Thank you so much for joining us in this interview series! Before we dive into the main focus of our interview, our readers would love to “get to know you” a bit better. Can you tell us a bit about your childhood backstory?

I’m from Cleveland, Ohio, the youngest of 4 boys. I was a wrestler in High School and that’s pretty much all I cared about at the time. I went to Ohio State University after I graduated from high school and the break before my senior year I got an opportunity to work at a collection agency for the summer. After being trained for about an hour I was thrown on the phones. I quickly found out who made the most calls in the office and set a goal to beat them by the end of the summer.

I’m very competitive and have always been drawn to leadership and personal development. I’ve been blessed with some incredible people in my life that have invested time and energy into shaping me into the person I am today.

What or who inspired you to pursue your career? We’d love to hear the story.

The CEO of the collection agency I worked at while in college gave me an opportunity of a lifetime. He saw something in me and let me start a brand new company in Columbus, Ohio during my last year in college. I would go to class, come home, put on a suit, and go door to door selling the collection service to as many doctors and dentist offices I could find. I had over 100 clients in the first 6 months. My partner was amazing. He taught me how to grow and nurture a company culture. We were together for 15 years before I bought his share of the business and ran it as a solo entrepreneur until I sold the business on my 25th anniversary in Oct 2022.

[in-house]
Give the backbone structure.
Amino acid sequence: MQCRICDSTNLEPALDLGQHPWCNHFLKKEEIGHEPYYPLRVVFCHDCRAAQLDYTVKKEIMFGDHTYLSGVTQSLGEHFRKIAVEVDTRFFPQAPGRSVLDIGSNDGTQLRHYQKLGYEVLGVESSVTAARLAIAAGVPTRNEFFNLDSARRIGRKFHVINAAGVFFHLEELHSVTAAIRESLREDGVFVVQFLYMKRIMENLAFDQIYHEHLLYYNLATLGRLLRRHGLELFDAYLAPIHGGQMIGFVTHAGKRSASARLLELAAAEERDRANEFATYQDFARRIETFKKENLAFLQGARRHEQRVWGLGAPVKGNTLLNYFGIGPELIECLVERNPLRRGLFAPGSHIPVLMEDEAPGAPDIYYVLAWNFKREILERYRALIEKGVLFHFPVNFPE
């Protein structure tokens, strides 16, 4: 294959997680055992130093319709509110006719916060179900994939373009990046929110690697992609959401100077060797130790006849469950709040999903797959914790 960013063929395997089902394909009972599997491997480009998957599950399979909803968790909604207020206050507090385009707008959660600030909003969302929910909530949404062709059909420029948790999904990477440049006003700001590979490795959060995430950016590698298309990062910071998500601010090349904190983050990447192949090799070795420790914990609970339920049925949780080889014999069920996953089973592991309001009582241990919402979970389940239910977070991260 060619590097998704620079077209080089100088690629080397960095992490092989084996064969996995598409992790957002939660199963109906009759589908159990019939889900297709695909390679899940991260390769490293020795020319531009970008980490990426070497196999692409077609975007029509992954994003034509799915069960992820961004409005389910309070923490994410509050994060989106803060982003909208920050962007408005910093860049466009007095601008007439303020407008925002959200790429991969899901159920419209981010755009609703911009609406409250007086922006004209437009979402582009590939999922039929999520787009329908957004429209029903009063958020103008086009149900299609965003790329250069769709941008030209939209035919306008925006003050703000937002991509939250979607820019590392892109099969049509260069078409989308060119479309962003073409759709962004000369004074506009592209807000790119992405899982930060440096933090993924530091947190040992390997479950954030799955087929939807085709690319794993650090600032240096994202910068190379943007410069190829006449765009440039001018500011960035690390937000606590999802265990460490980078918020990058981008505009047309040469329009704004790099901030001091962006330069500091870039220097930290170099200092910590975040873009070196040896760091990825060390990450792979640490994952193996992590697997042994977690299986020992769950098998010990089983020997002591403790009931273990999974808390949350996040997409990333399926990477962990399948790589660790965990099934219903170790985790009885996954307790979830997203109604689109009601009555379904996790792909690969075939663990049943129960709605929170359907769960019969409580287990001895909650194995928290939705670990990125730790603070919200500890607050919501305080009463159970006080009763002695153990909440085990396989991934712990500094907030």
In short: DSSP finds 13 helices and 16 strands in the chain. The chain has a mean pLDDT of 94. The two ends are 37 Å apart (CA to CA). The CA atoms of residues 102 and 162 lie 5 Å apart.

None of us can achieve success without some help along the way. Was there a particular person who you feel gave you the most help or encouragement to be who you are today? Can you share a story about that?